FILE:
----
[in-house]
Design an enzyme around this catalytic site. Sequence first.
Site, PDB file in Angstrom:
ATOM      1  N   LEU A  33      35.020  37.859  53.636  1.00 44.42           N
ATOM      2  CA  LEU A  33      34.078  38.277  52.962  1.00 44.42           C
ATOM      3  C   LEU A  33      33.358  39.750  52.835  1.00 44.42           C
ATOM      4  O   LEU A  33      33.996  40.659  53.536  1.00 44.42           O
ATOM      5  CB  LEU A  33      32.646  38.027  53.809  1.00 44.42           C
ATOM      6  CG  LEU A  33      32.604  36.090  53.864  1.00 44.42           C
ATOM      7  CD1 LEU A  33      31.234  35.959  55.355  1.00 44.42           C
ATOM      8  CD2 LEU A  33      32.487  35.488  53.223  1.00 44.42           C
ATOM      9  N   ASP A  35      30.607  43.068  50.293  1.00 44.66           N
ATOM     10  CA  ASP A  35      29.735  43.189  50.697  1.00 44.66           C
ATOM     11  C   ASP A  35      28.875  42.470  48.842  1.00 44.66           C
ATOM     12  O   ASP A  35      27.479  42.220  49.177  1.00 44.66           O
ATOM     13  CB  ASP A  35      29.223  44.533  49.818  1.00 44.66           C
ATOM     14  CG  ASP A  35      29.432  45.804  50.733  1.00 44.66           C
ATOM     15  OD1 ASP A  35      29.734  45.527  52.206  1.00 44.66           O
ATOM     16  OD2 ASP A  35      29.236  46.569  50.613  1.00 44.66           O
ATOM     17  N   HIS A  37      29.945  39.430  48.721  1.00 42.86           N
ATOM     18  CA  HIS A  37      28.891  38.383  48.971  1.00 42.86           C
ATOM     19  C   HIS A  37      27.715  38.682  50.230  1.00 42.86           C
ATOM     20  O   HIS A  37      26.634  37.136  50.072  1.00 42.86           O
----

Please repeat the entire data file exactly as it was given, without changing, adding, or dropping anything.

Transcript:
[in-house]
Design an enzyme around this catalytic site. Sequence first.
Site, PDB file in Angstrom:
ATOM      1  N   LEU A  33      35.020  37.859  53.636  1.00 44.42           N
ATOM      2  CA  LEU A  33      34.078  38.277  52.962  1.00 44.42           C
ATOM      3  C   LEU A  33      33.358  39.750  52.835  1.00 44.42           C
ATOM      4  O   LEU A  33      33.996  40.659  53.536  1.00 44.42           O
ATOM      5  CB  LEU A  33      32.646  38.027  53.809  1.00 44.42           C
ATOM      6  CG  LEU A  33      32.604  36.090  53.864  1.00 44.42           C
ATOM      7  CD1 LEU A  33      31.234  35.959  55.355  1.00 44.42           C
ATOM      8  CD2 LEU A  33      32.487  35.488  53.223  1.00 44.42           C
ATOM      9  N   ASP A  35      30.607  43.068  50.293  1.00 44.66           N
ATOM     10  CA  ASP A  35      29.735  43.189  50.697  1.00 44.66           C
ATOM     11  C   ASP A  35      28.875  42.470  48.842  1.00 44.66           C
ATOM     12  O   ASP A  35      27.479  42.220  49.177  1.00 44.66           O
ATOM     13  CB  ASP A  35      29.223  44.533  49.818  1.00 44.66           C
ATOM     14  CG  ASP A  35      29.432  45.804  50.733  1.00 44.66           C
ATOM     15  OD1 ASP A  35      29.734  45.527  52.206  1.00 44.66           O
ATOM     16  OD2 ASP A  35      29.236  46.569  50.613  1.00 44.66           O
ATOM     17  N   HIS A  37      29.945  39.430  48.721  1.00 42.86           N
ATOM     18  CA  HIS A  37      28.891  38.383  48.971  1.00 42.86           C
ATOM     19  C   HIS A  37      27.715  38.682  50.230  1.00 42.86           C
ATOM     20  O   HIS A  37      26.634  37.136  50.072  1.00 42.86           O